The chapter describes the likely molecular mechanisms leading to the aggregation of human red blood cells (RBCs) under conditions of physiological coagulation when prostaglandin E2 (PGE2) or lysophosphatidic acid (LPA) is released from activated platelets and under pathophysiological conditions, in particular thrombi formation in sickle cell disease when patients are in a vaso-occlusive crisis. In both scenarios cation channels are activated. This leads to an increase of the free intracellular Ca2+ concentration resulting in an activation of the lipid scramblase, which in turn mediates a movement of phosphatidylserine (PS) from the inner to the outer membrane leaflet. In addition, the increased Ca2+ concentration leads to the activation of the Gardos channel. Experiments suggesting this mechanism have been performed with fluorescence microscopy, flow cytometry as well as single-cell force spectroscopy. The Ca2+-triggered RBC aggregation force has been identified to be close to 100 pN, a value large enough to play a significant role during thrombus formation or in pathological situations.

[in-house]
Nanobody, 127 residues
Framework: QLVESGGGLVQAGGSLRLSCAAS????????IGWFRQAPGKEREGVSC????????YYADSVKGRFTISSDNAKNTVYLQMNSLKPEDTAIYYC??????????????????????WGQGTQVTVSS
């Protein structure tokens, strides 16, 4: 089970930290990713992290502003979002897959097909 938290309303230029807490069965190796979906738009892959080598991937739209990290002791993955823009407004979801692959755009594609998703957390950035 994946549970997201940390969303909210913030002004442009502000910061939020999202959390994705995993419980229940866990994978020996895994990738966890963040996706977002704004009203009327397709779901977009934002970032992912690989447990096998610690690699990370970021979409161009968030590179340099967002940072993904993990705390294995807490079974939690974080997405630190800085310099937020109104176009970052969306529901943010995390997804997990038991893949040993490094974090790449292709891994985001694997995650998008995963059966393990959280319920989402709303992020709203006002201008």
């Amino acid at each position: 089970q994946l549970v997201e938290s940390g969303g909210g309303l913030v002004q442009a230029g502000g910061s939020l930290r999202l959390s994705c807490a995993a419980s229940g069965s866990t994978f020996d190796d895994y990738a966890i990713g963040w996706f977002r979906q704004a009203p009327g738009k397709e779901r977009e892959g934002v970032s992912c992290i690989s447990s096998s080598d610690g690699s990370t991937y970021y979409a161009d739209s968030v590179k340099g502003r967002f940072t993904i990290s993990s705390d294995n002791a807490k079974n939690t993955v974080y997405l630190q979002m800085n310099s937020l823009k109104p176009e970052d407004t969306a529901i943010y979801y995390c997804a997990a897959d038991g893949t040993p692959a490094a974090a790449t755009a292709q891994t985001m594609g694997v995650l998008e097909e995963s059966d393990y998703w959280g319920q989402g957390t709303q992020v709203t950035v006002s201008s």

Part of the book: Erythrocyte